There are few unequivocal forces for good in the pop world. One of them is Sam Smith, the non-binary British performer with an extraordinary singing voice, which can rise from a soulful purr through a heart piercing falsetto to a full belt. So impressive are Smith’s vocals that Mary J Blige is on record as saying that, on first listen, she thought they must belong to a black woman.
Their list of achievements, amassed quietly over a decade, is genuinely astonishing – starting with winning the BBC’s Sound of 2014 award for emerging artists and going on to include several Brits, a Golden Globe, Grammys, a GLAAD award, MTV Awards, a Q Award, a Teen Choice Award, several MOBOS, oh, and an actual Oscar for their Bond theme, Writing’s On the Wall, incidentally the only Bond theme to reach the UK number one. Their debut album, In The Lonely Hour, still holds the record for the most weeks spent in the UK Top 10. Their new album Gloria, which comes out this week, looks set to continue breaking ground and breaking records. It’s a hell of a CV.
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But successful pop stars are ten a penny. Chuck a brick in Beverly Hills and it’ll bounce off one and hit another with a similar track record. Sam Smith is different. For starters, they’re the most famous assigned-male-at-birth openly non-binary person in the entire world.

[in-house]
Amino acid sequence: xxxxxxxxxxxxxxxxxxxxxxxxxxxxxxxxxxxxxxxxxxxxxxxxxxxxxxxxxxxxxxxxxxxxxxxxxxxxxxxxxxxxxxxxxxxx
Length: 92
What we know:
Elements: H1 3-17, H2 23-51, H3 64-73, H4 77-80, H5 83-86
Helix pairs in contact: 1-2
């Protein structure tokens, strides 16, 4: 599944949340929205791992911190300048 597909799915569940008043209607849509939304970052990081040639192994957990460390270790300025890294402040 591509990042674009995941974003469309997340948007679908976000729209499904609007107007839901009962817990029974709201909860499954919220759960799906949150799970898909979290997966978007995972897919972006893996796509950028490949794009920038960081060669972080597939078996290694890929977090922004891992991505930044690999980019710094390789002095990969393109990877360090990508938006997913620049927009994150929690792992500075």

You can’t underestimate the value of that. Non-binary identities have been around for as long as humanity has. There have literally always been people who feel they are neither completely male nor completely female, and those people have had varying degrees of acceptance across that long history. Accepting of non-binary agendas in the modern era has been a rocky road, however. The list of genuinely famous non-binary people is a small one, and of those that have been very public about their gender, the vast majority have been femme-presenting and from an AFAB (assigned female at birth) background – Demi Lovato, Janelle Monáe, Cara Delavigne, Emma Corrin. We find it easier to accept someone who previously identified as a woman crossing that divide.
As the non-binary comedian Andrew O’Neill said in their Radio Four show Pharmacist Baffler, a female politician wearing a suit and brogues looks presidential, a male equivalent in a skirt and heels is a laughing stock. It’s a perception that was weaponised against Eddie Izzard in her own recent attempt to become a Labour MP.